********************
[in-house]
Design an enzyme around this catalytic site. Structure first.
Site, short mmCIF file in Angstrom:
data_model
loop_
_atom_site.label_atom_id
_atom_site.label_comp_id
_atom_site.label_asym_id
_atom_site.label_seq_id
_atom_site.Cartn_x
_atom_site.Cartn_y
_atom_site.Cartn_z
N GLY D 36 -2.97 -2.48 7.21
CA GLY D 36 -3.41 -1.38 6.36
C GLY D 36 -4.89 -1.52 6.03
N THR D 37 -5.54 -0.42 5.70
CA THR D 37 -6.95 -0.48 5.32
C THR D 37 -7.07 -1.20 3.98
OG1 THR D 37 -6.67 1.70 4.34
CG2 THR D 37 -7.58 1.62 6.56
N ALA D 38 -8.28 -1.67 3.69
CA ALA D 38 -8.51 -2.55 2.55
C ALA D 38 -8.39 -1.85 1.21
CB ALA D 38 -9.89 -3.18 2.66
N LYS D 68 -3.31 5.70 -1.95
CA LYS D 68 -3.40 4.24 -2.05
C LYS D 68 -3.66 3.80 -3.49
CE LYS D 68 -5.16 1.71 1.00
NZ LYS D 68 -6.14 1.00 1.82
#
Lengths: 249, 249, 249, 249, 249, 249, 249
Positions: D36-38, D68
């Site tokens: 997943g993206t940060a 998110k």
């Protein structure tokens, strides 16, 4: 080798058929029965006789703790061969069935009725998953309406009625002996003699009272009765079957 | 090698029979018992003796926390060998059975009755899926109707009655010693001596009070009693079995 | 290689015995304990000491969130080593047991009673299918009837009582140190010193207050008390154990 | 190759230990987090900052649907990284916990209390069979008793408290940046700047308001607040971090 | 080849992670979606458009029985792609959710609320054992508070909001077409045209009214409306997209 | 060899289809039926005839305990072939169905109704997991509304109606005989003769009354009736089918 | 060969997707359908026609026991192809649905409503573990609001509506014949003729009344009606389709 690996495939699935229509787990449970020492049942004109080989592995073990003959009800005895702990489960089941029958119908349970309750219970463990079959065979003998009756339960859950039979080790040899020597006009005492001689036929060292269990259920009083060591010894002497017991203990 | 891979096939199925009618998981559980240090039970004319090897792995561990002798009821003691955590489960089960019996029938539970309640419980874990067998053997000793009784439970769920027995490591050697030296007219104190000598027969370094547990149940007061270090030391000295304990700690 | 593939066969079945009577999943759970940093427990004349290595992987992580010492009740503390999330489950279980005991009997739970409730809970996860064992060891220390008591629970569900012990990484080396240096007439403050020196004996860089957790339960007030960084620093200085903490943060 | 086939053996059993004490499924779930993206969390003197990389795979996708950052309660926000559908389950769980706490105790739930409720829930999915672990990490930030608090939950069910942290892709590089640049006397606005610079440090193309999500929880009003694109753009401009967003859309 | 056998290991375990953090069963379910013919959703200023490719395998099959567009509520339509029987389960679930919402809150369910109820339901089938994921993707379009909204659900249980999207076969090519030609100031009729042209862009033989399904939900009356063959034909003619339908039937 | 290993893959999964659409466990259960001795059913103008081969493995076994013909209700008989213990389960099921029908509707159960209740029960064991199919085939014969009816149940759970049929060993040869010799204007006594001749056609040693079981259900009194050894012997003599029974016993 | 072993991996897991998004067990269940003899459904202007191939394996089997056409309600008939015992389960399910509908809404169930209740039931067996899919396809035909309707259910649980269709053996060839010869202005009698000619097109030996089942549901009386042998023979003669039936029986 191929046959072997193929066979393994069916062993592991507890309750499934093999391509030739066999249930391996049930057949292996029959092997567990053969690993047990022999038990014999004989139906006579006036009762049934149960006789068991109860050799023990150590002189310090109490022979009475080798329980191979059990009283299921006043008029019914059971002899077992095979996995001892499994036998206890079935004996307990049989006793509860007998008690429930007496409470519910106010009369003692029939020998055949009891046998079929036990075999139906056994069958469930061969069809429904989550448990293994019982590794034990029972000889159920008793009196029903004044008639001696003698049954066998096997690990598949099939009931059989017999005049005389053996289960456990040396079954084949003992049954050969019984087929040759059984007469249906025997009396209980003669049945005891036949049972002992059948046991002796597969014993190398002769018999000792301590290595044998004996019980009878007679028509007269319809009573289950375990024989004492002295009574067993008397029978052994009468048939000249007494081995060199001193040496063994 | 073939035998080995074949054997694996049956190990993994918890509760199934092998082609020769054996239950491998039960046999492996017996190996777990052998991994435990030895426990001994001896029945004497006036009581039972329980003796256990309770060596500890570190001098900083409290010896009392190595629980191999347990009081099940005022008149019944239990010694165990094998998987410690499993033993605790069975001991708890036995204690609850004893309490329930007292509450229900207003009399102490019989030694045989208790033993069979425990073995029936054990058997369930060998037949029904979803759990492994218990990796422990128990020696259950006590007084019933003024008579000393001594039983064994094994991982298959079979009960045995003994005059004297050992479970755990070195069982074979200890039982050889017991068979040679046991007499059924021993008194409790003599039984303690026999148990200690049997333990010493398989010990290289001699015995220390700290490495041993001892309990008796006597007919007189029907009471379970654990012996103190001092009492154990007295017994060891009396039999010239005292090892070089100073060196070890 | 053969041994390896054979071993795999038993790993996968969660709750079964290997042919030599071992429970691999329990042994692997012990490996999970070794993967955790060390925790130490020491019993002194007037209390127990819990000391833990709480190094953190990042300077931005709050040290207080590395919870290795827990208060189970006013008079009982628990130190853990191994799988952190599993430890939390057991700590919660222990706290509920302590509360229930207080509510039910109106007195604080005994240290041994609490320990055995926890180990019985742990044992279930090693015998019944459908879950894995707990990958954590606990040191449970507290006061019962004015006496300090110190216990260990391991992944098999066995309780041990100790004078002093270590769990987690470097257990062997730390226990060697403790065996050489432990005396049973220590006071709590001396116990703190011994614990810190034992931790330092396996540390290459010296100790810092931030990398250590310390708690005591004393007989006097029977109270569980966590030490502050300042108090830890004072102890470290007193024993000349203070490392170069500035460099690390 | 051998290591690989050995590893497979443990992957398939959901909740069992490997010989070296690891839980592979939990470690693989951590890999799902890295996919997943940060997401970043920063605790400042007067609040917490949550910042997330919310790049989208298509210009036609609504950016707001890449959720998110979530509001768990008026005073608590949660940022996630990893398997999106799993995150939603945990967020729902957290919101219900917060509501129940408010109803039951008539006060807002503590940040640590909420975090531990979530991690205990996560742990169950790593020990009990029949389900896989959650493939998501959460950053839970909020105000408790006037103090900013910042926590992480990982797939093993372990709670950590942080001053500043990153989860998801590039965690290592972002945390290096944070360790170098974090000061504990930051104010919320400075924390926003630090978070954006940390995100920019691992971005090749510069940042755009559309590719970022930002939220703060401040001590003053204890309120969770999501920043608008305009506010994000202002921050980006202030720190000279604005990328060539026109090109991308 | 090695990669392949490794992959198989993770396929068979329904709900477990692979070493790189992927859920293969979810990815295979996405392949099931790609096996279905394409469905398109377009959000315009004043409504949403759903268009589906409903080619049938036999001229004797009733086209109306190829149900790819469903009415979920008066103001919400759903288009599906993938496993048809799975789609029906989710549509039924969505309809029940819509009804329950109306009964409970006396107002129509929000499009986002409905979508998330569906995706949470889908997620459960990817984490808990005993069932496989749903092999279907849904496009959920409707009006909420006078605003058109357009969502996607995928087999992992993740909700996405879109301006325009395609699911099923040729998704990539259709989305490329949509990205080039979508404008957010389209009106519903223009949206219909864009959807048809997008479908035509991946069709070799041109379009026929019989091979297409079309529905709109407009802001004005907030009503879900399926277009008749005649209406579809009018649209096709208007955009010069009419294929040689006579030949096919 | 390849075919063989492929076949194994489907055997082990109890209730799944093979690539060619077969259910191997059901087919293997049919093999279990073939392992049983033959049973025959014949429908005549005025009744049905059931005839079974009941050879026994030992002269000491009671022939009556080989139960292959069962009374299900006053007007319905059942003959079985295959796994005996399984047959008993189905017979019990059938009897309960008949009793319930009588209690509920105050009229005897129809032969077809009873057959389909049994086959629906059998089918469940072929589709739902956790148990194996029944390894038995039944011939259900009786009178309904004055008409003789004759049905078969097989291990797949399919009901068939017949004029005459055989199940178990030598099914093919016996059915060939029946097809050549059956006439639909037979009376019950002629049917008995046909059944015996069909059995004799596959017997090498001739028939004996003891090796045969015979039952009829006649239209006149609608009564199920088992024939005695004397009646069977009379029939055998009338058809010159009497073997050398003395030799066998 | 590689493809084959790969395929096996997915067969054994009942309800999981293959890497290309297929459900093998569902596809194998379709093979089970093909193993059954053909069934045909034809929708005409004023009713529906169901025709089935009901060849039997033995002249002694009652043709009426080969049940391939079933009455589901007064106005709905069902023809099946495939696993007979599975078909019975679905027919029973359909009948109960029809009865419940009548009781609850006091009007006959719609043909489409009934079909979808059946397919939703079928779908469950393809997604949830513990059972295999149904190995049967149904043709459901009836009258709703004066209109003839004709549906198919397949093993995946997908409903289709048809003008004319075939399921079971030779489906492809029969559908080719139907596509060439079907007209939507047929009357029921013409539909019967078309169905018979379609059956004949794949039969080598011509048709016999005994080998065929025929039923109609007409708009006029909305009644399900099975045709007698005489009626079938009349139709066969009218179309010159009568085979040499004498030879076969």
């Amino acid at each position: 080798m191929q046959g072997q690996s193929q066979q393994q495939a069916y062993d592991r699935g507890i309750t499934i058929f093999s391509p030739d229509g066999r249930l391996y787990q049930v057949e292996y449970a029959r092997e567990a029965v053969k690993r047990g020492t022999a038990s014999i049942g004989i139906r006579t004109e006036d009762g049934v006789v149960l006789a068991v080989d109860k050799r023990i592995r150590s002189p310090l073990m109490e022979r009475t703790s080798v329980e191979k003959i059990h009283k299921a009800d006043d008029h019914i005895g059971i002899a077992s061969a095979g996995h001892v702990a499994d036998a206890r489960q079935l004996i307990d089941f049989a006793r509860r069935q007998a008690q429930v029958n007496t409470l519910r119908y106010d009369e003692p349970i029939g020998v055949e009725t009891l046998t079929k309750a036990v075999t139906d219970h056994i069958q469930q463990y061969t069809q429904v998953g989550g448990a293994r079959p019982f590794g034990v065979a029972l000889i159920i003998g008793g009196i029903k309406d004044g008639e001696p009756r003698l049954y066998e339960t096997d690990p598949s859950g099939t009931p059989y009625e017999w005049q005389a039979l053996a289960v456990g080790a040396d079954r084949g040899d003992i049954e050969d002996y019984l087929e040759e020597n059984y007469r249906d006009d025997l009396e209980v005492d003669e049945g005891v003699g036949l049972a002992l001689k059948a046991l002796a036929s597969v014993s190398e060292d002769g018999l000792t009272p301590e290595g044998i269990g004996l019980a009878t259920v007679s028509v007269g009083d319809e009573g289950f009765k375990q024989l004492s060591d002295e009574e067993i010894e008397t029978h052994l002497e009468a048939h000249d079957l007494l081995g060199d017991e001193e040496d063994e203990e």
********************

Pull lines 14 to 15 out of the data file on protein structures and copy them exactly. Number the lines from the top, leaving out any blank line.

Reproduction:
CA GLY D 36 -3.41 -1.38 6.36
C GLY D 36 -4.89 -1.52 6.03